Innovative Strategies For Financial Recovery


Published on

Another approach to meeting the challenges of fiscal distress in government.

  • Be the first to comment

  • Be the first to like this

No Downloads
Total views
On SlideShare
From Embeds
Number of Embeds
Embeds 0
No embeds

No notes for slide
  • , such as tax or utility bill collections, purchasing, or traffic ticket processing.Include excepts that can be made and who has the authority to make them, i.e. delayed shut-off of utility due to hardshipRecognize separation of duties may complicate options in smaller organizations.
  • Furloughs are tempting because they spread the pain but in fact, create a misleading picture of the resources necessary to truly deliver a service; if it can be done with fewer resources now, then it appears it could have been and continue to be done with fewer permanently.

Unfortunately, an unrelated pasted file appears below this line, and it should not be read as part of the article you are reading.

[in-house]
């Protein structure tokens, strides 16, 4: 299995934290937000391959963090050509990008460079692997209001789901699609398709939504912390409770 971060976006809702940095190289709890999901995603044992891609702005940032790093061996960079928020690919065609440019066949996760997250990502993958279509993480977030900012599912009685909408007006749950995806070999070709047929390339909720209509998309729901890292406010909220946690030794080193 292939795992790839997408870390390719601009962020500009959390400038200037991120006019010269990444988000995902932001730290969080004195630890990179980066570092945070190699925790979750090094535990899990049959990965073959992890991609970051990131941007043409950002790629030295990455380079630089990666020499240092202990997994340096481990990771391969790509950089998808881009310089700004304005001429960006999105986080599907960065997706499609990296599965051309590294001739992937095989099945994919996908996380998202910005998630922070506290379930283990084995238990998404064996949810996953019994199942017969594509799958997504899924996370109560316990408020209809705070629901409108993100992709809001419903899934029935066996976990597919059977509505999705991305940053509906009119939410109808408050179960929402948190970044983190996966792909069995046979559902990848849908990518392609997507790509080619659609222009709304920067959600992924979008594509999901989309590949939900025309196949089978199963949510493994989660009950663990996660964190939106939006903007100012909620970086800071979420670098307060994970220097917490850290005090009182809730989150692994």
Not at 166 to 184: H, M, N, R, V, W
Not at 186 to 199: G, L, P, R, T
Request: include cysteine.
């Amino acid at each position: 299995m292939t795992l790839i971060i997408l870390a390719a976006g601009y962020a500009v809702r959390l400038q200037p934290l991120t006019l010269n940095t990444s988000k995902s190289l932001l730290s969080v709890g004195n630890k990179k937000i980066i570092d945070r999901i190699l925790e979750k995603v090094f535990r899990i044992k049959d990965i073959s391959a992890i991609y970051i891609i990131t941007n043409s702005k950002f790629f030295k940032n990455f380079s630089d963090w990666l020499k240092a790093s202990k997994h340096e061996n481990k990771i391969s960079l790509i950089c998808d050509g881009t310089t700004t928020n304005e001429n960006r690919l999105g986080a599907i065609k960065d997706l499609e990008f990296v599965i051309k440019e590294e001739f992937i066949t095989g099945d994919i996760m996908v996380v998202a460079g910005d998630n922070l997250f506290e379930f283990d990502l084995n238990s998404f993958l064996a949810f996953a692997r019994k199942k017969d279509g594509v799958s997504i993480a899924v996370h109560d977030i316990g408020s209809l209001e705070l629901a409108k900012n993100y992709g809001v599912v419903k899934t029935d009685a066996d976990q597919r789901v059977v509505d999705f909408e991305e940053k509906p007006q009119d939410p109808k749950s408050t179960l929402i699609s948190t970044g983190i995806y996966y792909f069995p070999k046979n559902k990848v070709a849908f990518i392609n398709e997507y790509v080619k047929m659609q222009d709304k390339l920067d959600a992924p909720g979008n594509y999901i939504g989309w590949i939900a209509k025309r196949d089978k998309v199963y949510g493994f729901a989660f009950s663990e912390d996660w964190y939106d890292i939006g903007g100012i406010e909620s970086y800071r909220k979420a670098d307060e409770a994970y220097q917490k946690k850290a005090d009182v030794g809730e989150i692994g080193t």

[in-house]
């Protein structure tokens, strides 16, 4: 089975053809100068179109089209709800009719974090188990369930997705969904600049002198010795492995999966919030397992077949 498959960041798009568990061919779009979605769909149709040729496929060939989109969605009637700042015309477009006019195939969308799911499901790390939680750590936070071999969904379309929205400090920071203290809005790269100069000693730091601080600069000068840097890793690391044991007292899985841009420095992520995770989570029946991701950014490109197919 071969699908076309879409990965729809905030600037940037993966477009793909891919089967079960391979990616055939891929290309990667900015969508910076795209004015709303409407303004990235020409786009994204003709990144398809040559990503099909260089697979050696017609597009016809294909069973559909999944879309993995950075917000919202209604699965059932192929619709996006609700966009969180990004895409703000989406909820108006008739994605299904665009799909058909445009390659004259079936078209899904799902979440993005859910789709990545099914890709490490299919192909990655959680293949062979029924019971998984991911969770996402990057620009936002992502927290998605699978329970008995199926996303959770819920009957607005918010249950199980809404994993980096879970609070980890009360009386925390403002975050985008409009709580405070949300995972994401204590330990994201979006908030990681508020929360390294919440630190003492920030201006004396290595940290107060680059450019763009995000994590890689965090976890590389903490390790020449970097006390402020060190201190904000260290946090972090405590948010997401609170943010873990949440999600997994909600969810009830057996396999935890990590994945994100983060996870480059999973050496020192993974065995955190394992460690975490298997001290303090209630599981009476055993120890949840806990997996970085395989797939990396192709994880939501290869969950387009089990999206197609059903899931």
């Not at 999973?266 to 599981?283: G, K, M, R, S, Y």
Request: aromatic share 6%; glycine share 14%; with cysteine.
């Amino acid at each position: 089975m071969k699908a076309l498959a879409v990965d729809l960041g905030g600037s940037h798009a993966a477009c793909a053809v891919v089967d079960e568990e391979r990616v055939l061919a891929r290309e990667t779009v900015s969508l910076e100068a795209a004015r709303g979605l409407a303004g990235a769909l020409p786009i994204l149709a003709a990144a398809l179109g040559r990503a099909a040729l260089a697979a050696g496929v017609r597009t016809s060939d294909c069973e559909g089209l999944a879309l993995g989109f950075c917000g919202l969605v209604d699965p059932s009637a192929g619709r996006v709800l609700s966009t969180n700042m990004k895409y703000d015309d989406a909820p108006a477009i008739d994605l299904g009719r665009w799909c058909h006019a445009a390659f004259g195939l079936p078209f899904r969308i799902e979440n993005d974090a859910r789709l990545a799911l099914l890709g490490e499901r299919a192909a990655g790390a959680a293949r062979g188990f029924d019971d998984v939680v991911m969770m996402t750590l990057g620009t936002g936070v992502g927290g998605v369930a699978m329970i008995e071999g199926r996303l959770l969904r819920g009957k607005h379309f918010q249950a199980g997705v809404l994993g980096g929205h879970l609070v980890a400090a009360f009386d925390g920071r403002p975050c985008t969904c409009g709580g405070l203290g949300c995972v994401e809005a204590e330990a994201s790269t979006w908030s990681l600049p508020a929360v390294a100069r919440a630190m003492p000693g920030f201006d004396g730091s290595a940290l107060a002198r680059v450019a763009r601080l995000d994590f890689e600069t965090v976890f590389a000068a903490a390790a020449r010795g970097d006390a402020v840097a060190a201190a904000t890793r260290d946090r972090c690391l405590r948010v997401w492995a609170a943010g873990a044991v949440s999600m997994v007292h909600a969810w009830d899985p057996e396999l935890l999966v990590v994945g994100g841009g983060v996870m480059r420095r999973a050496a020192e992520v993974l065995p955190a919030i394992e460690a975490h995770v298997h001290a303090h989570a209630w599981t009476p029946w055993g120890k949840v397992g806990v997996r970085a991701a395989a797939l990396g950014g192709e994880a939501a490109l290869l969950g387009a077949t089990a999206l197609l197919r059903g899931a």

• Show employees, officials, and the public there is nothing to hid by being upfront and direct with the known facts and provide a timeframe for regular updates even if information has not changed. That is not to say that all possible alternatives need to be explored in detail in an open forum but that the process for getting information and making decisions is open. Be honest about the range of options including lay-offs if that is a real likelihood but be specific about the possible number and approach, i.e. early retirement, attrition, seniority, service or function specific.
  • Innovative Strategies For Financial Recovery

    1. 1. Innovative Strategiesfor Financial Recovery Government Finance Officers Association January 27, 2010 Melanie Purcell, Assistant Director University of Tennessee Municipal Technical Advisory Service
    2. 2. Time for a New ApproachBudget $ Today Time